1. Managing a Commons

      Nobel laureate in Economics, Elinor Ostrom’s work concerns the concept of the commons, how successful management is critical and why important to include all stakeholders. Her work addresses how communities manage and govern their commons. Her 8 Principles for Managing a Commons most likely was considered during the creation of Creative Commons. Comparing her principles, you can see how each one translates into CC’s work. The licenses define clear boundaries with the four elements BY, SA, NC and ND. CC has developed a system of monitoring and management carried out by community members. Following these principles, as CC does, keeps the organization responsive to change and working with communities worldwide. I found myself reflecting on how a successful use of the commons can translate to success, but also disappointed to realize bringing people together isn’t easy. This makes the CC an impressive expression of the 8 Concepts working in a real world situation.

  3. Sep 2018
    1. More information about other open movements

      OER Africa is an OER organization that promotes resources and professional development and is a solid example of OER in the global south.

    2. Free Culture Game by Molle Industria. CC BY-NC-SA 3.0 A game to help understand the concept of free culture http://www.molleindustria.org/en/freeculturegame/

      This should probably not be 3 different bullet points as it is all one resource. Also, quick question, how does this illustrate 'other' open movements as it seems to be about what free culture is.

    3. The Tragedy of the Commons by Boundless & Lumen Learning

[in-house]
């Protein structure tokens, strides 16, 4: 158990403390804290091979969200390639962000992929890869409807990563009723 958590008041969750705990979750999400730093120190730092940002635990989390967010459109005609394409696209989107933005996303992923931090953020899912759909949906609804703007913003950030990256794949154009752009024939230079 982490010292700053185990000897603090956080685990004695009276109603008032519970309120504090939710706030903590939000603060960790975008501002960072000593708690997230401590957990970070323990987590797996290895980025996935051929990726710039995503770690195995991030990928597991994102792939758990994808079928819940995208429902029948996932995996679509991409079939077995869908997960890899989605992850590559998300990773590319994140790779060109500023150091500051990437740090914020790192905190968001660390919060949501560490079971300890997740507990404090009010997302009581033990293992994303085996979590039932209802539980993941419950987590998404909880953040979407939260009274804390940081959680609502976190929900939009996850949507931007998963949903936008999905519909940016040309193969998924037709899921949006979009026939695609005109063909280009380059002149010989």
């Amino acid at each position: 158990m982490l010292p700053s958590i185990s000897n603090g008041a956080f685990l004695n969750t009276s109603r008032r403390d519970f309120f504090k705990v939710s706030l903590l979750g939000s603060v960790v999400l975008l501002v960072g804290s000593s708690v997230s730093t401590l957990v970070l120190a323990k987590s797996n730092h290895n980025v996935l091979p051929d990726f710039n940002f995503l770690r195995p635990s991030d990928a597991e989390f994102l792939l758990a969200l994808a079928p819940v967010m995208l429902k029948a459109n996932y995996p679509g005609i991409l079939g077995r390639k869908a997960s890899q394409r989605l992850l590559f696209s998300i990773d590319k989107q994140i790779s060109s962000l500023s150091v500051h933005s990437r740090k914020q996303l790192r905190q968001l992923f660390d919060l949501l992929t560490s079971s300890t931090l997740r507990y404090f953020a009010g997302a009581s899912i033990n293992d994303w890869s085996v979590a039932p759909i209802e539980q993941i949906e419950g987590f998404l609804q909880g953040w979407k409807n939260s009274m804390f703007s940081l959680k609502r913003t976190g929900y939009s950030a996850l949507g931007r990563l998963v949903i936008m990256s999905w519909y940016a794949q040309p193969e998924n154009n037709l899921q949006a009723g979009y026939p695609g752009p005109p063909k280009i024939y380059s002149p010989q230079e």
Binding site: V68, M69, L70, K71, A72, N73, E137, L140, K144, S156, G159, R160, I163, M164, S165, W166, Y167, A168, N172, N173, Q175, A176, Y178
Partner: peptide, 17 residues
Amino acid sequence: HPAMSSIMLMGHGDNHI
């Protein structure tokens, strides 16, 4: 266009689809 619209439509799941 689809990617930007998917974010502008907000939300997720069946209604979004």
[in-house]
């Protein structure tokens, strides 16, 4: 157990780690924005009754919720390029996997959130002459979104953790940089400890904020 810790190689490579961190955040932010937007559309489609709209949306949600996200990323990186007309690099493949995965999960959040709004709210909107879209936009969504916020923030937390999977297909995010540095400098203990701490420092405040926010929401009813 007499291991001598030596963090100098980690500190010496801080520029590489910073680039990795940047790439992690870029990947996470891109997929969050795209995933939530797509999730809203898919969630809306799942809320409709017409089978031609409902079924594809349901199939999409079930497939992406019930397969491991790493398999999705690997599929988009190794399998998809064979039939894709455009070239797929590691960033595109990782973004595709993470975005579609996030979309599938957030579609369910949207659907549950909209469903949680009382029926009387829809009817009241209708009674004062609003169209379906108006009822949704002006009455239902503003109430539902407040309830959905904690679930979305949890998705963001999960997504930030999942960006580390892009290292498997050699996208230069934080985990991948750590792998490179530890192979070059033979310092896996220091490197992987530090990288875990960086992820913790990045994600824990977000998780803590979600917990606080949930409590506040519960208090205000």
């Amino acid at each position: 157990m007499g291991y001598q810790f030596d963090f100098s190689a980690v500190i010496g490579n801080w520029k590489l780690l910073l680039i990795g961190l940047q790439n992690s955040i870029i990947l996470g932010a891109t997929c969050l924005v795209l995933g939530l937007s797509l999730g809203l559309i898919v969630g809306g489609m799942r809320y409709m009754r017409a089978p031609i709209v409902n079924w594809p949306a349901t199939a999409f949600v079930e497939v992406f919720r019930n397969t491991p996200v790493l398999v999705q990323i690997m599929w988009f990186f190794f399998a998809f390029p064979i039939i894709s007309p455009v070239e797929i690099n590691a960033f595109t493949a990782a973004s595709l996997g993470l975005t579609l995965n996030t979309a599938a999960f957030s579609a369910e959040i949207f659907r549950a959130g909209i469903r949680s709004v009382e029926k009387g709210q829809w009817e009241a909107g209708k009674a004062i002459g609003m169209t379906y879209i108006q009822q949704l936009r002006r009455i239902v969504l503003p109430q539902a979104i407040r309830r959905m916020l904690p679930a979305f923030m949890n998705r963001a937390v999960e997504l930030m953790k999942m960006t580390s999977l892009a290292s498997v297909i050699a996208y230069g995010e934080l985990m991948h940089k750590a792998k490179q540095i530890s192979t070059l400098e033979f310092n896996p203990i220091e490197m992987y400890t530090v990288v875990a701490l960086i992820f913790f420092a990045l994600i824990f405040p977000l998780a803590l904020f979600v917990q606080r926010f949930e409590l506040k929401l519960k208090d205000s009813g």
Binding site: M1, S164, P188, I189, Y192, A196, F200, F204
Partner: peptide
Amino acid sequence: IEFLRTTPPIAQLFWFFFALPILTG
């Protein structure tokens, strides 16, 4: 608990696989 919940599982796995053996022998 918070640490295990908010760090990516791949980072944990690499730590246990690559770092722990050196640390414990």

The link to this text is broken. Boundless has gone out of business. I would suggest as a replacement the Wikipedia article on this topic. It is a B-class article and is organized in a logical fashion.

    1. More information about limitations and exceptions to copyright

      The Fair Use Index. This resource tracks judicial decisions to help better understand the types of uses courts have previously determined to be fair—or not fair. Includes a variety of courts. Fair Use is determined by the judicial branch.

    1. Additional Resources

      How are Creative Commons Licenses Designed?. From OER Africa. Great explanation from the global south. Provides basic clear understanding of the design of a license.

    2. Additional Resources

      Licensing or Copyright guidance FAQ from Open Oregon. Great DYI resource that provides practical answers to a lot of questions.

    3. A brief history outlining open content licensing and why the licenses were eventually replaced by the more robust Creative Commons licenses

      Formating, only one bullet needed.

    1. More information about license compatibility

      Fair use and mixing "all rights reserved" with open content. Something that many content creators struggle with. Includes an example statement. http://support.skillscommons.org/faqs/q-if-proprietary-licensed-material-is-being-mixed-with-new-oer-materials-what-licenses-should-be-used/ . Also indirectly helps with understanding traditional versus creative commons (know the license of the works you are planning to remix).

    2. More information about license compatibility

      A tool to help mix licenses: http://www.web2rights.com/creativecommons/ . Helps to automate compatibility questions.

    3. "Are Creative Commons Licenses Overly Permissive? The Case of a Predatory Publisher". This article is a bit alarmist about predatory publishers republishing (incorrectly) cc material. Important to understand real world use cases of cc and how this affects perception of the license by academics.

    1. The Redalyc project. From the global south, this project is a digital library of OA journals. Creative Commons 2.5.

    2. Joseph Esposity "Libraries Face a Future of Open Access" published by [The Scholarly Kitchen](https://scholarlykitchen.sspnet.org/) on May 23, 2018. Pull quote: "What appears to get lost in discussions of the march of cancelled contracts in Europe is that it is not just publishers that are being disrupted. This is a disruption to the entire ecosystem. When the favor comes due, we may not like the terms, but pay we will."